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Kasper Zülow


What exactly is the Trojan Horse up to? What was it trying to do? You have to find the answer.

Scanning the device, you find that this horrible device just keeps getting worse; the Trojan horse was used to sneak a rootkit onto the system.

Rootkits are a collection of malicious programs that secretly provide continued, privileged access to a system for an unauthorized user. A rootkit can create a backdoor on a computer to let a hacker in. This rootkit was able to gain admin access to this computer, and it will be incredibly hard to remove.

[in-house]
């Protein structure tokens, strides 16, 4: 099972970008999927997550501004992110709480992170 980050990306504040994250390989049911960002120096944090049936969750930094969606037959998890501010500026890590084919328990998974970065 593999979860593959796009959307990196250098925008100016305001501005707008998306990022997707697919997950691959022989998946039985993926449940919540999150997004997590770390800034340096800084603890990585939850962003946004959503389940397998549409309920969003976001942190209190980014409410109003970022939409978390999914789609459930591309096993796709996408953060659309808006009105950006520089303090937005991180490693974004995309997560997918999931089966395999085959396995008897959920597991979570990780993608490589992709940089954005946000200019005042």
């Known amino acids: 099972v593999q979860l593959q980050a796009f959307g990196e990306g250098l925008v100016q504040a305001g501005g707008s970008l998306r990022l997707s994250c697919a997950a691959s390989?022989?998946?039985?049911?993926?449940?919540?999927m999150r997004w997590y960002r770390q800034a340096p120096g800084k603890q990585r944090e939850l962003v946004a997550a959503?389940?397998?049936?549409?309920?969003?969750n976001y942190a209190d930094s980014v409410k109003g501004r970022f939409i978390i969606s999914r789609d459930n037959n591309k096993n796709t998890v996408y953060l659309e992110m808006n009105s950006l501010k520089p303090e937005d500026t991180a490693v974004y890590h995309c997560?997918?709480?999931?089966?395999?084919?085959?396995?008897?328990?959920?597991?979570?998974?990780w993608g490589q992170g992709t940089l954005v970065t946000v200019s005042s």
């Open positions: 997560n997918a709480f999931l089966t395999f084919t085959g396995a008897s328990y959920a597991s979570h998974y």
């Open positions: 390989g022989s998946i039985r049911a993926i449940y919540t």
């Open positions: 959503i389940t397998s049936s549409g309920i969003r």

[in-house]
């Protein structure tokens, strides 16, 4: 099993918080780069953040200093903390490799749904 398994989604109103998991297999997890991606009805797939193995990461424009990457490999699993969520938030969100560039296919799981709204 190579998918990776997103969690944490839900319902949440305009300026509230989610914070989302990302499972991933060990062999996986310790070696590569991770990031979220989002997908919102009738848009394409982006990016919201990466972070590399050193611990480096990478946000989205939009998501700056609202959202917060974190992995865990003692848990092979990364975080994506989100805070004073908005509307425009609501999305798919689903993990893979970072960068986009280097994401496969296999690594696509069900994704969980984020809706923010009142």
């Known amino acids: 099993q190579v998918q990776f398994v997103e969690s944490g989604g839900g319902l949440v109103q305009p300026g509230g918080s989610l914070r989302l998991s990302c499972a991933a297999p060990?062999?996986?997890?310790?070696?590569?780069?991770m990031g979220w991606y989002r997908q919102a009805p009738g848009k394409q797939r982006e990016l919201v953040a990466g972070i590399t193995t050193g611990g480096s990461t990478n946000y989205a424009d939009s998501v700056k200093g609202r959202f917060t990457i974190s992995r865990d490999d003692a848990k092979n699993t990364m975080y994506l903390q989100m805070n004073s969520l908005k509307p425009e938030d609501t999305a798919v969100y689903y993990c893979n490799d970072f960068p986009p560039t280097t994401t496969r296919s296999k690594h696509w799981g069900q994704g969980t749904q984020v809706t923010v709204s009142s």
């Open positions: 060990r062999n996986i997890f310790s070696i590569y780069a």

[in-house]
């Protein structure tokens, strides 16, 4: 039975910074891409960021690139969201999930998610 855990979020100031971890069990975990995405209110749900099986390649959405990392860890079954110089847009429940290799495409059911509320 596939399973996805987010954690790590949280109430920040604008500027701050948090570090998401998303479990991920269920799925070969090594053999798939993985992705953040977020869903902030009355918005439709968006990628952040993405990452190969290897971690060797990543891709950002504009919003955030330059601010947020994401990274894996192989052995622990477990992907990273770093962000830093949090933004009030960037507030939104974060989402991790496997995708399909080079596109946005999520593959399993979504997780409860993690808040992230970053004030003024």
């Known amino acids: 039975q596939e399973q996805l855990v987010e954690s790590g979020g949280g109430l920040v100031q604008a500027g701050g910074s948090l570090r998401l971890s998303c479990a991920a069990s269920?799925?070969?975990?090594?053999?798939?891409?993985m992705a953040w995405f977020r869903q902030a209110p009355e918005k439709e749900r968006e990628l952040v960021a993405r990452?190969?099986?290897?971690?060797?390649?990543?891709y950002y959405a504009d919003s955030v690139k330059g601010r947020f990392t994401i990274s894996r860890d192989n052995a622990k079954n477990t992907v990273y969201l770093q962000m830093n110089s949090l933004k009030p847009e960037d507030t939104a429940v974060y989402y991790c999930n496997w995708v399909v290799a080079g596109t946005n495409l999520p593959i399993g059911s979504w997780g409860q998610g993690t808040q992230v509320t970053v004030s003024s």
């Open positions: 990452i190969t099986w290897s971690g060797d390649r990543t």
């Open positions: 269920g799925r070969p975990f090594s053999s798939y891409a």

In this case, the Trojan Horse pretended to be a trustworthy antivirus software in order to install a rootkit. This means that a malicious, third-party somewhere has admin access to this computer and its data. This is a nightmare scenario for the confidentiality and integrity of your client’s system. While some specialized tools can remove a rootkit, it isn’t easy.

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Kasper Riis Zülow